October 7, 1990 |
Anti-abortion activists staged a 90-minute demonstration on Old York Road near Abington Memorial Hospital yesterday to protest the hospital's abortion services. Demonstrators, carrying signs that read "Abortion Kills Children," stretched out for eight blocks on the east side of the hospital but made no attempt to block patients or traffic. Group spokesman George Tomezsko said 1,000 people from the Pro-Life Coalition and the Christian Action Council had been expected to join the protest, but he estimated that 600 participated.
October 2, 1987 |
When the Ku Klux Klan holds a rally in Lancaster County tomorrow night, local residents will be ready. As many as 1,000 people are expected to gather in Lancaster to protest the Klan, while several hundred more have planned an anti-KKK rally in Ephrata, where the white supremacist group will meet. Twenty-eight civic and religious leaders in the area have issued a statement calling on local residents to attend the rallies to protest "the appalling presence of the Ku Klux Klan in Lancaster County.
March 21, 1996 |
The Oscar-night protest planned by the Rev. Jesse Jackson over the lack of movie industry executives who are minorities has received support from some filmmakers and city officials, but has created a debate in the African-American community. Los Angeles City Councilman Nate Holden said he supported Jackson's protest over what he said was institutional racism in the entertainment industry in its portrayal of the lives of African-Americans. "Twenty-five percent of the people who go to movies are black," Holden said Tuesday.
September 8, 1993 |
The modern American protest movement is practically invisible in the mass media. Yet, it exists. It has a voice, its voice is growing, and it is deeply rooted in the protest movements of the '60s and '70s. The war cry of the '60s was, "Give Peace a Chance," and the message was "Love is all you need. " These were the seed ideas of a moral vision: to heal society's rupture into rich and poor, war-makers and warred-upon, and to rectify the political and civil injustice of America's economics apartheid.
October 7, 2010 |
WASHINGTON - Supreme Court justices seemed troubled and divided Wednesday as they questioned whether a small Kansas church could be punished for mounting a protest that many found contemptible outside a military funeral. The high court did not clearly tip its hand during the hour-long oral arguments in the case pitting the Westboro Baptist Church against a grieving Pennsylvania father. Several justices did, however, hint that the 2006 funeral protest was lawful even if it was obnoxious.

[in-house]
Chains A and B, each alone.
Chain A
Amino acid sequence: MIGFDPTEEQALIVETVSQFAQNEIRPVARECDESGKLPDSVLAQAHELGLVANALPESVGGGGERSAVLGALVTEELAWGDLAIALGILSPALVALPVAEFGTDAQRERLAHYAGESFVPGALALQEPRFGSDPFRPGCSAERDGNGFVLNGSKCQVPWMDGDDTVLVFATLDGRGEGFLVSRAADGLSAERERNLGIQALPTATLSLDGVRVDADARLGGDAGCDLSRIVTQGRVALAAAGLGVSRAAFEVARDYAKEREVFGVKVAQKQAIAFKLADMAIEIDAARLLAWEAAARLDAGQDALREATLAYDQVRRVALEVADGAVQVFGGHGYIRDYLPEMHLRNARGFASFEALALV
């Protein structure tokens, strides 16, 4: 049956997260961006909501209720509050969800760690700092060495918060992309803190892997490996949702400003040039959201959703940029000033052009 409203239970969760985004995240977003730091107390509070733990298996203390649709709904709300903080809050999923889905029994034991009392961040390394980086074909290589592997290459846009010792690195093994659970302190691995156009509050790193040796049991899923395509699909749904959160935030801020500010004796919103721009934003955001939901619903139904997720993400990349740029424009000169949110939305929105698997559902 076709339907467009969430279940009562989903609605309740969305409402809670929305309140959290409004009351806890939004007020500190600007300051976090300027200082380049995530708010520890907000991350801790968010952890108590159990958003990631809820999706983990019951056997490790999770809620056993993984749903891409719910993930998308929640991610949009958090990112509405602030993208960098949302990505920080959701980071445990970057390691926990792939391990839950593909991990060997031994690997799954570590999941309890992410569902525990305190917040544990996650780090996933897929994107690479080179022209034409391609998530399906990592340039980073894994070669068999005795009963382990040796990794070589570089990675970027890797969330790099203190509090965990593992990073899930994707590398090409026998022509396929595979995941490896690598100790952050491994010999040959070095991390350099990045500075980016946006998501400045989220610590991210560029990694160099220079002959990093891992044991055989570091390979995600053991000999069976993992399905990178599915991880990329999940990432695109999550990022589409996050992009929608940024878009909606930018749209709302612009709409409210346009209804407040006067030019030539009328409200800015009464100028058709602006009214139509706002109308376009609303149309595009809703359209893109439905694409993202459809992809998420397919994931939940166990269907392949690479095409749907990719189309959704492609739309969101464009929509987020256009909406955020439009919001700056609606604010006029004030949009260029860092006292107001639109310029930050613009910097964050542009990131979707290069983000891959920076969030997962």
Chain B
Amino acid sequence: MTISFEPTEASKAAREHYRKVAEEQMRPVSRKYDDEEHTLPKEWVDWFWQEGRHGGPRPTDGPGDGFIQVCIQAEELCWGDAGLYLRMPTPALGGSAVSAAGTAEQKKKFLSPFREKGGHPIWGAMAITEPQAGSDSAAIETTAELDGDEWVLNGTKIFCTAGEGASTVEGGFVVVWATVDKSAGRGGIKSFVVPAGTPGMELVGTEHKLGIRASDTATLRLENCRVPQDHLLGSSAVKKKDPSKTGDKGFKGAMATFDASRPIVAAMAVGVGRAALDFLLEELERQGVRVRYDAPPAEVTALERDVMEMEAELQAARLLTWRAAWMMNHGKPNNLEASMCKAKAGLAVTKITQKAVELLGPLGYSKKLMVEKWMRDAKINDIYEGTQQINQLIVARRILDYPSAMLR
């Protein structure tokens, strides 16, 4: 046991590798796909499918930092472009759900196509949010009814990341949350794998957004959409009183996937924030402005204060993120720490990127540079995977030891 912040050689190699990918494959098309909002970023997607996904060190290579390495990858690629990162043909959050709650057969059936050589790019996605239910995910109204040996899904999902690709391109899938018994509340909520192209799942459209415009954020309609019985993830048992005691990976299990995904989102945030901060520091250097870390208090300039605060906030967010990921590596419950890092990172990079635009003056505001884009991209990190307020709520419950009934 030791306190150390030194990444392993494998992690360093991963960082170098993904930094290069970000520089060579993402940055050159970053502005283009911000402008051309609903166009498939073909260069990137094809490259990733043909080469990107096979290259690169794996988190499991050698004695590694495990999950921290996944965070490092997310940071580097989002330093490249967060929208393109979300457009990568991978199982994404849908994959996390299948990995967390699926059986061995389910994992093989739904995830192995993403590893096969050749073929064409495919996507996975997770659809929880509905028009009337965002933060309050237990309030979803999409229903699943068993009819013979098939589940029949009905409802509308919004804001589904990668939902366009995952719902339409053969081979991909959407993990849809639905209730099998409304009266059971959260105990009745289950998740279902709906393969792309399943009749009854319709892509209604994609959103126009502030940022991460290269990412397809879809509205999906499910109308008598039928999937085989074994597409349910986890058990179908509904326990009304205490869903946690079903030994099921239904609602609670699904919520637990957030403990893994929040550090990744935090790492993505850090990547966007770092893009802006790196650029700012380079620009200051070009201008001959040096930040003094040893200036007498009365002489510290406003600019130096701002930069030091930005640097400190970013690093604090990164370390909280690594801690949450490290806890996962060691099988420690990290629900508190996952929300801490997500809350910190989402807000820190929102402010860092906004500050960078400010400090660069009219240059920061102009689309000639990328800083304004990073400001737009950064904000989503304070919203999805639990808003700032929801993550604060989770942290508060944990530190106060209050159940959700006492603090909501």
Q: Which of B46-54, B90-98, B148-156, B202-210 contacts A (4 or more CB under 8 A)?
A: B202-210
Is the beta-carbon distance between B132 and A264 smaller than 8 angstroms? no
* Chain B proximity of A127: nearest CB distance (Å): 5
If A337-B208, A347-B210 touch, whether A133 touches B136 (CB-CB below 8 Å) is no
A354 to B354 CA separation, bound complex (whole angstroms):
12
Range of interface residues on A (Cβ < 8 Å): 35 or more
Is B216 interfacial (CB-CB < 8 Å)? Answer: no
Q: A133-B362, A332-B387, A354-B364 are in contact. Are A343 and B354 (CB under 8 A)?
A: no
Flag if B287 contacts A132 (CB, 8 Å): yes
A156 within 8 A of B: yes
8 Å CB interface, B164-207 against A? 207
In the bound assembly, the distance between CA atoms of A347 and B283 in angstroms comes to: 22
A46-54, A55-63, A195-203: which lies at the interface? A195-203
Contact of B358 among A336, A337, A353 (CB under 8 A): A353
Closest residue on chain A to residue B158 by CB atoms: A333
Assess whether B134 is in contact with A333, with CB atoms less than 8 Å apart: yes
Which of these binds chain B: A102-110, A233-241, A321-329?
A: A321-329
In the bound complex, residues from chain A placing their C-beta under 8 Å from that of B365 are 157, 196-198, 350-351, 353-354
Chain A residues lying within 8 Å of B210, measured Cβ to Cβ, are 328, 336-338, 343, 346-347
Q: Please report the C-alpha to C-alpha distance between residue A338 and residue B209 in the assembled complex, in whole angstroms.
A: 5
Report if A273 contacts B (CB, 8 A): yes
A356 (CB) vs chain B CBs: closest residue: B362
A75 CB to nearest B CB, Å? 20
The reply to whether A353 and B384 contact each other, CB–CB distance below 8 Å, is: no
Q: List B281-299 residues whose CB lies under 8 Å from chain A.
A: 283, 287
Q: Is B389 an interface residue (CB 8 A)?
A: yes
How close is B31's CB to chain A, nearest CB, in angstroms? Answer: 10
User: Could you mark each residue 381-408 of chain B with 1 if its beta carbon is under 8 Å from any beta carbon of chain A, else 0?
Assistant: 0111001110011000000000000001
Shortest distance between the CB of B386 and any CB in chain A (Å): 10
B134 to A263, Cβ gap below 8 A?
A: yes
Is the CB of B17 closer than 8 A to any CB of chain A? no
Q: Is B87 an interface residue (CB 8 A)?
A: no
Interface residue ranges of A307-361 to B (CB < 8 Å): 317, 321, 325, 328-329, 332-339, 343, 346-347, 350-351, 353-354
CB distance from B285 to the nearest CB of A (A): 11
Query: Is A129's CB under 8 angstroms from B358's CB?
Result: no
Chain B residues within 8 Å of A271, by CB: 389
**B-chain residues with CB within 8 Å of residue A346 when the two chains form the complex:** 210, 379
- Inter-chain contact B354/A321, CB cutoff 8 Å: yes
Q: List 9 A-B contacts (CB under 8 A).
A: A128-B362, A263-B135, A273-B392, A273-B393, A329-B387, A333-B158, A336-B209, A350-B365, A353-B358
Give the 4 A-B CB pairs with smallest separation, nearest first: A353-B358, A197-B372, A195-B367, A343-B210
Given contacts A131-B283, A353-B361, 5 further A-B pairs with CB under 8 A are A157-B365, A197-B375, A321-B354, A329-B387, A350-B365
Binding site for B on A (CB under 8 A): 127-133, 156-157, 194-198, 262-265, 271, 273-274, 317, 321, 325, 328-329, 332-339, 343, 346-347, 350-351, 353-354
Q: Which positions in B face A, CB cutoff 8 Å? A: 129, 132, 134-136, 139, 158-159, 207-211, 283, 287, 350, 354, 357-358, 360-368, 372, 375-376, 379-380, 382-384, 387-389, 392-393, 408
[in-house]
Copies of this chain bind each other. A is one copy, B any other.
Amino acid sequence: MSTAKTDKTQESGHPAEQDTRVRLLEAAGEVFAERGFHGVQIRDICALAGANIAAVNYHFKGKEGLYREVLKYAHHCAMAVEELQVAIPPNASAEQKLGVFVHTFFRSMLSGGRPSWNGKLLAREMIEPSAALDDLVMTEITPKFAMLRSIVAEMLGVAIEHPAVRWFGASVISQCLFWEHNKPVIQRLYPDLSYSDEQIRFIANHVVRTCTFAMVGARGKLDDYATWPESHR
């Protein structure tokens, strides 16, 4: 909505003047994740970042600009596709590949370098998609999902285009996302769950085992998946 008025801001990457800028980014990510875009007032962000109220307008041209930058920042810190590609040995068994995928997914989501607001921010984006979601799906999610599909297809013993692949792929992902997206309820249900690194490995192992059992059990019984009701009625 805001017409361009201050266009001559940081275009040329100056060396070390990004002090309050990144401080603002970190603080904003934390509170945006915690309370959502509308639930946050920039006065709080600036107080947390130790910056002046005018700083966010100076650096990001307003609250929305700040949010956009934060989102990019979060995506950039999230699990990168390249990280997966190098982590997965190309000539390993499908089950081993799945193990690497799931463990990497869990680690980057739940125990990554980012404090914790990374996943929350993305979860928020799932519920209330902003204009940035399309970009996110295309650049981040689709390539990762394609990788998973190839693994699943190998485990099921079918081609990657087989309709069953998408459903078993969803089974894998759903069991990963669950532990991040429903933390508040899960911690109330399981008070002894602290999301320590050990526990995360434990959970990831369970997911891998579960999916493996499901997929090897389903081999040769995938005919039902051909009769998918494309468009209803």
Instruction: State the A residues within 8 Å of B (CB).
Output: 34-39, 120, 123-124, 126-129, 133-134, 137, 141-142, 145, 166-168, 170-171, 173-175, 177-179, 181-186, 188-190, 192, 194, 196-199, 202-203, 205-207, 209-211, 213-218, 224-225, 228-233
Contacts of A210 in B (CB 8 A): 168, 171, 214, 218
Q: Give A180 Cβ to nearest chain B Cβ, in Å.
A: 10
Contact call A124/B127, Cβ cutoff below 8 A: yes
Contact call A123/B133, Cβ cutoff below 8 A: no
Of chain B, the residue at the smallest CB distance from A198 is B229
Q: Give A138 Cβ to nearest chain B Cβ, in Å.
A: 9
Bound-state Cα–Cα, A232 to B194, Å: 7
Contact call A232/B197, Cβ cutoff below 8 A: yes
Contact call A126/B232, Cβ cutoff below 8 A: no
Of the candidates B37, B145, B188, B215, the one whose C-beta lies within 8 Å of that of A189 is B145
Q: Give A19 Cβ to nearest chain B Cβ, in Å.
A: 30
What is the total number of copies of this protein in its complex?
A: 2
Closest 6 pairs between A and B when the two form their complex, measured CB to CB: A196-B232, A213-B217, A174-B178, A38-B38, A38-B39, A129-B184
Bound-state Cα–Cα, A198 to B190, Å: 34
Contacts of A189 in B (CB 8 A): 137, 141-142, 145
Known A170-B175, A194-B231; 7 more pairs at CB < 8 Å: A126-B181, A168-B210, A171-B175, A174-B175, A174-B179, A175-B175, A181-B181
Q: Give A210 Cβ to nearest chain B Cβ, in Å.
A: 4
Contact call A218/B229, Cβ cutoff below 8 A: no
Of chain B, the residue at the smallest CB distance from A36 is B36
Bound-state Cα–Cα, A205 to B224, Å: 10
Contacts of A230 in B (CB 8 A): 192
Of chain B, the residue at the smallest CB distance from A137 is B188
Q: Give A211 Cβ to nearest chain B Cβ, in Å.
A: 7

August 2, 1990 |
North Philadelphia community activists marched outside District Attorney Ronald D. Castille's East Falls home last night to protest what they called racial injustice in the Sean Daily trial. About 70 protesters, honking horns and waving Puerto Rican flags, drove in a convoy of cars and buses from Norris Square park to Castille's house on Henry Avenue. Once in front of Castille's house, they chanted in both Spanish and English and distributed fliers as curious neighbors, drawn by the noise from a public address system and by the flashing lights of police cars, gathered to watch from nearby street corners.
January 25, 2008 |
Officials in Middle Township apologized Wednesday for arresting a radio host and a former mayor who were protesting Saturday outside a public hearing hosted by Gov. Corzine in Cape May County. Corzine was at Middle Township High School in Cape May Court House to promote his plan to raise highway tolls to pay down state debt. Former Bogota Mayor Steve Lonegan of Bergen County and lawyer and radio personality Seth Grossman of Somers Point handed out leaflets and carried protest signs outside the school.
March 19, 2009
TOURING Historic Philadelphia recently, I saw a group gathering at the Liberty Bell and moving toward the Constitution Center. Standing between a crisp First Amendment plaque and "We the People" mural, the group waved signs, chanted and yelled at cars driving by. With the building where our forefathers drafted this constitution right behind them, I couldn't help but feel the whole thing was a bit ironic. They were protesting our new president. With clever signs like "No-Bama" and "Broke-Bama," the group was denouncing the Recovery Act and new stimulus plans.
December 14, 1986 |
About 75 people marched from City Hall to the Gallery shopping mall at midday yesterday to protest the training of Central American contras in the United States, while 50 others demonstrated at McGuire Air Force Base in Wrightstown. They were part of a series of protests at Air Force bases across the country, said Cate Woods of Trenton, an organizer with the Pledge of Resistance, a national organization that supports non-violent resistance to U.S. military action against the Nicaraguan government.
July 7, 1988 |
Engines were cold but tempers were hot at Philadelphia International Airport yesterday as disgruntled taxi drivers sat idle in the sun to protest a dispatching system that they call unfair and corrupt. From noon to 6 p.m., more than 100 drivers milled around and quarreled loudly in the outdoor cab holding area near Terminal B and insisted that they would not take fares until they received a guarantee of an immediate meeting with officials from the city Aviation Department. The protest, staged by a new organization of drivers called the International Association of Taxi Drivers and Owners, was marked by loud quarrels with Aviation Department officials, but no violence.